A middling Chinese, historical drama. 

The Children of Huang Shi is a "based on a true story" movie that feels about nine degrees removed from what probably really did happen — and that within those degrees was probably a more interesting story.

The movie kicks off in 1937 China, in the midst of civil war between the Communists and Nationalists and regular war between the Japanese and the combined Chinese.

We're told in a tag as the movie starts that the Japanese are assaulting the Chinese city Nanjing and that war reporters are eager to get past Japanese forces to get into the city and get the story. One such is the "young, inexperienced English reporter" George Hogg.

Cue actor Jonathan Rhys Meyers (The Tudors, Elvis, Vanity Fair), who's all stratospheric cheekbones and icy eyes. As Hogg, Rhys Meyers seems neither young nor inexperienced. But he's a good enough actor. You can get past the filmmakers throwing him under the bus in the editing room.

Hogg masquerades as a Red Cross worker to get into Nanjing, where he encounters rubble-strewn streets stinking of dead bodies and dogs eating them. Hogg sneaks around before witnessing the massacre of dozens of innocents, which he captures with his camera — at such times I wonder if I'm so desensitized to cinematic war atrocities that even the rape of Nanjing can't get a rise out of me.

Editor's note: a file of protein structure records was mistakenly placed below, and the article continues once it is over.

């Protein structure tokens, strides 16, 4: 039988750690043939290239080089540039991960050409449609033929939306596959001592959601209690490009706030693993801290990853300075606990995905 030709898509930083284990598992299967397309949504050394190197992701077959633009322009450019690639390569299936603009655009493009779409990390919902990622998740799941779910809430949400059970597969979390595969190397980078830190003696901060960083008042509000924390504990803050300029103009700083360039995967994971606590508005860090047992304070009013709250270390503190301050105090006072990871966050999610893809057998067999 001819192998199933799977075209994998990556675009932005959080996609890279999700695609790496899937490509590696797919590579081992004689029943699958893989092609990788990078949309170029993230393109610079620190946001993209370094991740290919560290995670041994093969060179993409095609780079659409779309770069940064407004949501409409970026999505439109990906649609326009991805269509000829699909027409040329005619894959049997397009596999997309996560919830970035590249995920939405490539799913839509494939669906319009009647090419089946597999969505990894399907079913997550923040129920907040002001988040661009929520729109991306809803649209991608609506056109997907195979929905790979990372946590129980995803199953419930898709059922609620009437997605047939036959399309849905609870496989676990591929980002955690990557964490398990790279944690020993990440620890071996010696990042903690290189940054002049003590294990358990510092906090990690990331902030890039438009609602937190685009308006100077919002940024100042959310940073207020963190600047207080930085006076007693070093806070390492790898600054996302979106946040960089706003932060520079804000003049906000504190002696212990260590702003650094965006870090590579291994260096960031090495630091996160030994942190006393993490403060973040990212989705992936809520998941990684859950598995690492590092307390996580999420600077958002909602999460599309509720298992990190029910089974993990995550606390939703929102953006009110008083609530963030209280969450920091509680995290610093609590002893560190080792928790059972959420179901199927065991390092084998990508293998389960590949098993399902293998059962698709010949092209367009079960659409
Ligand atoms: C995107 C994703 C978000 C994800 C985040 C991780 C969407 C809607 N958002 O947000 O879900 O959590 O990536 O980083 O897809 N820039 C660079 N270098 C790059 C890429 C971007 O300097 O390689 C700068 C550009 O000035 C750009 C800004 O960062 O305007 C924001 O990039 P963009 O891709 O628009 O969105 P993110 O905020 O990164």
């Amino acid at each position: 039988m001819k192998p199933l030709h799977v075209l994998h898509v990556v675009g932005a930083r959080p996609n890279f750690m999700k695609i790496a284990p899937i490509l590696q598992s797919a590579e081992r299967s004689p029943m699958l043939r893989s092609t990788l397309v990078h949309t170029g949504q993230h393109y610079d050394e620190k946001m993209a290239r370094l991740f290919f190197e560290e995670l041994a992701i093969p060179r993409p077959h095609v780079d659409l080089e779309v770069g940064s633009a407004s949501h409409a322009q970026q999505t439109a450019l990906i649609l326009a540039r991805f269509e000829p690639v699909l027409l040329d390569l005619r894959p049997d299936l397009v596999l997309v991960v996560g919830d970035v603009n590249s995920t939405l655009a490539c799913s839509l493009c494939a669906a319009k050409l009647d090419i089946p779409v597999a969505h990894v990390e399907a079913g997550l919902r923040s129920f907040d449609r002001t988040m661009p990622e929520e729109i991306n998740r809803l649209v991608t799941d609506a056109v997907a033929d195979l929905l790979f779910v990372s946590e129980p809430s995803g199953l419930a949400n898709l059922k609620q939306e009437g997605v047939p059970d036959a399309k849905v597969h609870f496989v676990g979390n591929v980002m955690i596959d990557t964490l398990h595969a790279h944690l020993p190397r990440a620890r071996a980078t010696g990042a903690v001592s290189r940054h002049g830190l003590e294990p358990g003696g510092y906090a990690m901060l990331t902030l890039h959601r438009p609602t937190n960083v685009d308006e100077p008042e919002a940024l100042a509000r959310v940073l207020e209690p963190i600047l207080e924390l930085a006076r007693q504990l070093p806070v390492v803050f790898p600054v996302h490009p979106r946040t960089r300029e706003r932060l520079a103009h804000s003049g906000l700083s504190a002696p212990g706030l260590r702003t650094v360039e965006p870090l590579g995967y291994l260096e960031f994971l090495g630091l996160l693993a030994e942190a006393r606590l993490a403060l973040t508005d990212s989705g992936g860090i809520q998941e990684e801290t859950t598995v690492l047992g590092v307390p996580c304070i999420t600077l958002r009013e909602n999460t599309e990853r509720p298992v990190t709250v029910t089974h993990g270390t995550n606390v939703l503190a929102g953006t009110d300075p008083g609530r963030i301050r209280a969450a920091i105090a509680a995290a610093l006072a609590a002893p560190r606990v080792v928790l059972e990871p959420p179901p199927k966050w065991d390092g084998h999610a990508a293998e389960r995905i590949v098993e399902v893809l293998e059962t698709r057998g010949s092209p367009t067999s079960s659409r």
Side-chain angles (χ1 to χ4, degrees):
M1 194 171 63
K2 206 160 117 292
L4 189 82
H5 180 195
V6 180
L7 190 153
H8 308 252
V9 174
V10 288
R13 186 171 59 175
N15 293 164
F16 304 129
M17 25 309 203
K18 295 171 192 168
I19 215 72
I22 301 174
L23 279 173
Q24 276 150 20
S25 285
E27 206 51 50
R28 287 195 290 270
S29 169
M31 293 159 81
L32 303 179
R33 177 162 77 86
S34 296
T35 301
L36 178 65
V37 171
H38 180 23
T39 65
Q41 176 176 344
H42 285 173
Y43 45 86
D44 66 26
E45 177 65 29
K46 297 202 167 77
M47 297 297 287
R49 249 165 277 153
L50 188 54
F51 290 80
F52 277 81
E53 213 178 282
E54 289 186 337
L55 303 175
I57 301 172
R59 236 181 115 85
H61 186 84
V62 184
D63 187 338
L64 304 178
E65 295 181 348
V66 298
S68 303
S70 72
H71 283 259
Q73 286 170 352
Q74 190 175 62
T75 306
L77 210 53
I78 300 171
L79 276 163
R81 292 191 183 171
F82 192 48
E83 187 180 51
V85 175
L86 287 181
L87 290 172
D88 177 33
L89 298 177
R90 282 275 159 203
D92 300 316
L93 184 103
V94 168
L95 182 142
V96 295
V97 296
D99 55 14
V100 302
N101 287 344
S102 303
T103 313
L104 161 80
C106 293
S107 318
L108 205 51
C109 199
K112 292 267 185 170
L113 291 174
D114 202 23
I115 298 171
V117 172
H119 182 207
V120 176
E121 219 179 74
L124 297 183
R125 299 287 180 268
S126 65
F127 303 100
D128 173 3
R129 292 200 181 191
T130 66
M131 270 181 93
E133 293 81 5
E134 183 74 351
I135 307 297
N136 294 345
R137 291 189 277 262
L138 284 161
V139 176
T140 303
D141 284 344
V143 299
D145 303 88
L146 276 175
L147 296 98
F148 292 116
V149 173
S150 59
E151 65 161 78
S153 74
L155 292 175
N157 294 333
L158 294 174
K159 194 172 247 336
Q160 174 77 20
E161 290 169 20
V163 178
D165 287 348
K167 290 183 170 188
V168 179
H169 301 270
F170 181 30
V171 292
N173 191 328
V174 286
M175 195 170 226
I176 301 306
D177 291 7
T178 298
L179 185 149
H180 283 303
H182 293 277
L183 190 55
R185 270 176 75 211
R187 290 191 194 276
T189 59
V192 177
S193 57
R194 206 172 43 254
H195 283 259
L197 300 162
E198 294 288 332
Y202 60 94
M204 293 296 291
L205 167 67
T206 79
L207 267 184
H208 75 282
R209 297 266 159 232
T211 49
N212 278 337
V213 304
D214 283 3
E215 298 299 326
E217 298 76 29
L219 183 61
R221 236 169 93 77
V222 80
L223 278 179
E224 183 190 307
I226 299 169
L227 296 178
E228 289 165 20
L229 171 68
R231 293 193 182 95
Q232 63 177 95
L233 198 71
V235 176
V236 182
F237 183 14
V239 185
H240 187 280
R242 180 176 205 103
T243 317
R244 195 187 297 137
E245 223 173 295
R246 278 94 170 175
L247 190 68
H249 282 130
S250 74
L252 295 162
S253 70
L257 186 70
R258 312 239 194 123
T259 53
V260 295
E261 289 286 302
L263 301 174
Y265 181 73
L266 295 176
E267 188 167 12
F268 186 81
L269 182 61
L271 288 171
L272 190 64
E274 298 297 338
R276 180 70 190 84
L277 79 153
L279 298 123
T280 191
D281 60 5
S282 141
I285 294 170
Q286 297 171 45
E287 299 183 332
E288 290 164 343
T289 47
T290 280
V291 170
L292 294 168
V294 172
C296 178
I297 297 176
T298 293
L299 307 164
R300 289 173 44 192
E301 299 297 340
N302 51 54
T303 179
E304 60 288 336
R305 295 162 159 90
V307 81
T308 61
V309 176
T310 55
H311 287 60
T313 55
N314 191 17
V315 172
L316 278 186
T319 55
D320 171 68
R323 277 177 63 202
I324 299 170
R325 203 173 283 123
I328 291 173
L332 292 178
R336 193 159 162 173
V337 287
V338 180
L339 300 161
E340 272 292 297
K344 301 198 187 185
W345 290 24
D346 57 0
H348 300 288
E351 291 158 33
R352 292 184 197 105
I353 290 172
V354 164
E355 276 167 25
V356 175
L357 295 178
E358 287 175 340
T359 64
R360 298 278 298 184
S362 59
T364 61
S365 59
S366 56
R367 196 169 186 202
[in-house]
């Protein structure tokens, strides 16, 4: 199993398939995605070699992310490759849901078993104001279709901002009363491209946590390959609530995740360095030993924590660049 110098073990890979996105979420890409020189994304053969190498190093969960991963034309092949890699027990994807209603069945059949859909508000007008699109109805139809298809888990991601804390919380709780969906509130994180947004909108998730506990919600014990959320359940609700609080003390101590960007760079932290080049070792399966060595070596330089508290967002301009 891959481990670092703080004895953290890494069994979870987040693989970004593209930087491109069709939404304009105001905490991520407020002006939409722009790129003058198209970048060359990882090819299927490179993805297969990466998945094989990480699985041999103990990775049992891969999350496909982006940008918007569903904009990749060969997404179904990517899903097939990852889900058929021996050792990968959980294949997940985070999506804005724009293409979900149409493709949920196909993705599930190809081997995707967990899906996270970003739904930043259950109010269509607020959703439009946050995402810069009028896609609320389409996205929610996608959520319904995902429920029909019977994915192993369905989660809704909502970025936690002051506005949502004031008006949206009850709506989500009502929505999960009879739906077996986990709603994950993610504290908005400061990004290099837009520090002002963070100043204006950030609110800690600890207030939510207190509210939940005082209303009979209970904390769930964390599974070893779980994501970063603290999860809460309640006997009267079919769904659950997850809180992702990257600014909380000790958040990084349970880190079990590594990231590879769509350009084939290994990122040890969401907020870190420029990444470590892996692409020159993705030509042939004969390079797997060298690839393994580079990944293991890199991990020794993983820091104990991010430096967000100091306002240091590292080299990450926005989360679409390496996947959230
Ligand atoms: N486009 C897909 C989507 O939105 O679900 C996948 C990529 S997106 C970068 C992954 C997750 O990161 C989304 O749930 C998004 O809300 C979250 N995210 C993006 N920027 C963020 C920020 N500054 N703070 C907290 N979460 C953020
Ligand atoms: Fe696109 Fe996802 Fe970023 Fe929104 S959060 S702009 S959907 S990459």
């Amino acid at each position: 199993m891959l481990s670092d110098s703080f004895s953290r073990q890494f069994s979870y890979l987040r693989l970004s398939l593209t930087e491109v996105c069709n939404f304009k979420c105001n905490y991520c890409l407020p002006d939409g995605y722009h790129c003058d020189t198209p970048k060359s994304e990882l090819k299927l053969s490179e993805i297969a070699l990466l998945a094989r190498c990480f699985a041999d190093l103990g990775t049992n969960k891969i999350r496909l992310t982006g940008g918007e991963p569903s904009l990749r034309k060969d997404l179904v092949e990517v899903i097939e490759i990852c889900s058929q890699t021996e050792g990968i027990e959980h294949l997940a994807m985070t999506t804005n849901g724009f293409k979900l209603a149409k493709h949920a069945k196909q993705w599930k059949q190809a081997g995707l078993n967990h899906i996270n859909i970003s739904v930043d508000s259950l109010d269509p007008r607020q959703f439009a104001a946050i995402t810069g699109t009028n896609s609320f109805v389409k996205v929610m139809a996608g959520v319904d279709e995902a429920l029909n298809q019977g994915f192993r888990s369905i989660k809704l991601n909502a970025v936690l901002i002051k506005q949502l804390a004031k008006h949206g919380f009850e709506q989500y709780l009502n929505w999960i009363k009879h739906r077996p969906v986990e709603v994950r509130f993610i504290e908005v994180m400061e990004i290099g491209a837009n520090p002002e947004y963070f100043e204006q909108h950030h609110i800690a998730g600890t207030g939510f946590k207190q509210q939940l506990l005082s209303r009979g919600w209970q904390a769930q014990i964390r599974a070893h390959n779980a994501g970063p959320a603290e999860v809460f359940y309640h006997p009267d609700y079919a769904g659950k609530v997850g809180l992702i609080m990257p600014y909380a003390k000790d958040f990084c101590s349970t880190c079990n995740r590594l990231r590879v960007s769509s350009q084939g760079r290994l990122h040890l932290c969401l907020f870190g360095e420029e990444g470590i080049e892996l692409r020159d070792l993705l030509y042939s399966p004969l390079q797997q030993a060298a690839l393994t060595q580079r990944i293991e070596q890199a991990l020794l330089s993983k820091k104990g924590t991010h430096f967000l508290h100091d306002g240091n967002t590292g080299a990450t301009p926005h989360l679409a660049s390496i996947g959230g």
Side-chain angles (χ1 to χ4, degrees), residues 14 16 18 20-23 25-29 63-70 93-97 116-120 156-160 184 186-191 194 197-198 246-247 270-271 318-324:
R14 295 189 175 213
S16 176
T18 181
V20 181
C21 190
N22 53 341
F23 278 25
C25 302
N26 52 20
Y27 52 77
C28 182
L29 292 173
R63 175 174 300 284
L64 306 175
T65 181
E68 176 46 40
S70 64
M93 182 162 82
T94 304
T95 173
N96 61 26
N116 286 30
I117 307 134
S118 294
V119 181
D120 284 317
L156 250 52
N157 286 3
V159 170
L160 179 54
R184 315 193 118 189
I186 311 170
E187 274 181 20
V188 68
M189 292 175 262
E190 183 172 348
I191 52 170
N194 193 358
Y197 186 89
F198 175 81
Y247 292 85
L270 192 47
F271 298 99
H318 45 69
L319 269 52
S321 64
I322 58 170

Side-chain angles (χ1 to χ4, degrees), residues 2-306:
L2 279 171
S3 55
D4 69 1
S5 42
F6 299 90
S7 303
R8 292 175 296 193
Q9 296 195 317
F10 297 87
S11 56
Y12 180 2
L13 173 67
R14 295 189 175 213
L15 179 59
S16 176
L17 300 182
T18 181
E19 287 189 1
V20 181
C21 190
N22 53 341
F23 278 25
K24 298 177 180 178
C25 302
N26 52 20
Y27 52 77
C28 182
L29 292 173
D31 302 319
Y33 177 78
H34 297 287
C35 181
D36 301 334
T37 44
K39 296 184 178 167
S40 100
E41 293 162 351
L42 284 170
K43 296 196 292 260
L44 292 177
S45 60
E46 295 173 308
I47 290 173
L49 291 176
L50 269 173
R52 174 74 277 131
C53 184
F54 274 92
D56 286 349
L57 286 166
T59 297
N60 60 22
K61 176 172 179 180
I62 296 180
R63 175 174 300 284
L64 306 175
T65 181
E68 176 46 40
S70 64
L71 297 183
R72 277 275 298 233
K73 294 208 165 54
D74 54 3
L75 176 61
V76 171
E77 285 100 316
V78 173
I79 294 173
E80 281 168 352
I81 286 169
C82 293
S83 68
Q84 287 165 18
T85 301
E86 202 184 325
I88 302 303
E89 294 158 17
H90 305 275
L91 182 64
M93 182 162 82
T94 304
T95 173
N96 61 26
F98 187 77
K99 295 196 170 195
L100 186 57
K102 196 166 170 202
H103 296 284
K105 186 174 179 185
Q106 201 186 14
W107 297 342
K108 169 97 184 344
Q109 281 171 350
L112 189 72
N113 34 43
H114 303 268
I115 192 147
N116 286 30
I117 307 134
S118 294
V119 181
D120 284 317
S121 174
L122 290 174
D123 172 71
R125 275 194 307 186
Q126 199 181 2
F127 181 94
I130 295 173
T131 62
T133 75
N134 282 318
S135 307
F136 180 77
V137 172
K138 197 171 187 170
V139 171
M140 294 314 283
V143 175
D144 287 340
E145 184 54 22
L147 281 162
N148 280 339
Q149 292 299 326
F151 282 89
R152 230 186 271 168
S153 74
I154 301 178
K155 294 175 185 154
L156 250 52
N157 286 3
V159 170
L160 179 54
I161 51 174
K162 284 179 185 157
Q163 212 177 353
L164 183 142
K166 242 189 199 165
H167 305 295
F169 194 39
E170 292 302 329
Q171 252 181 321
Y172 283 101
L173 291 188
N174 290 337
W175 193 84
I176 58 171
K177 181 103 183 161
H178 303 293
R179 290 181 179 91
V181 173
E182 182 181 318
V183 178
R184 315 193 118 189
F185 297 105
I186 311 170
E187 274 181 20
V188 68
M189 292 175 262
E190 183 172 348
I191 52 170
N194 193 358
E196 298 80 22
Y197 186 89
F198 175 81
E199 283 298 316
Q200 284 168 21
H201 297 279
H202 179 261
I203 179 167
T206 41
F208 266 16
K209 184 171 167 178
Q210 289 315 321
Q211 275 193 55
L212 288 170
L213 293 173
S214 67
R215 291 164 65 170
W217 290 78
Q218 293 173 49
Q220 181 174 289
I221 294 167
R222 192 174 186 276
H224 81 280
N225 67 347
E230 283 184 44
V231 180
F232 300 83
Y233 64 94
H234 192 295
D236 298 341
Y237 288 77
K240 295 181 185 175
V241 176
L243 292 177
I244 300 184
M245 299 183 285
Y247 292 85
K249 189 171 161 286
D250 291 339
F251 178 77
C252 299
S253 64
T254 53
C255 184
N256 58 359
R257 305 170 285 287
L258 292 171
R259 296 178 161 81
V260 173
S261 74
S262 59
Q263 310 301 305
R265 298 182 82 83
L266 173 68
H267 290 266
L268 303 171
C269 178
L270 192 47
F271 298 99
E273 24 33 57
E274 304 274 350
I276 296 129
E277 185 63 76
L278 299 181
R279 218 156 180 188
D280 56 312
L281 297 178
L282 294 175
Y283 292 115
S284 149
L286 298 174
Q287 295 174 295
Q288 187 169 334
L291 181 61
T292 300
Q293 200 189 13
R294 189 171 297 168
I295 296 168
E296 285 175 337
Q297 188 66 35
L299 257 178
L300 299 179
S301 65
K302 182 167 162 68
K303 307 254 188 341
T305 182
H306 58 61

Hmmm, better to blame Huang Shi director Roger Spottiswoode (Tomorrow Never Dies, The 6th Day). The action in the film isn't convincingly shot or edited, be it firing squads or Japanese Zeros on strafing runs. I'm tired of the shaky camera that tries to cover up the fact that there's not much to see.

The script is undercooked too. Hogg encounters a Communist resistance fighter (Chow Yun-Fat), a beautiful, flawed white-lady nurse of indeterminate nationality (Radha Mitchell), and a noble merchant (Michelle Yeoh) whose honor is intact but compromised by the war. They all add a little spice, but the plot never simmers. Plus, Yun-Fat and Yeoh never appear together on screen. Outrageous!

Hogg ends up at a Chinese orphanage, where he's conscripted to be the protector of a rabble of boys. He teaches them English and basketball (Yao Ming, you know who to thank), and they help him become a man. This two-thirds of the movie is all a little too predictable, even if it is based on a true story. I bet the real account was something.

The Children of Huang Shi

Opening Friday, July 4th

Ridgeway Four

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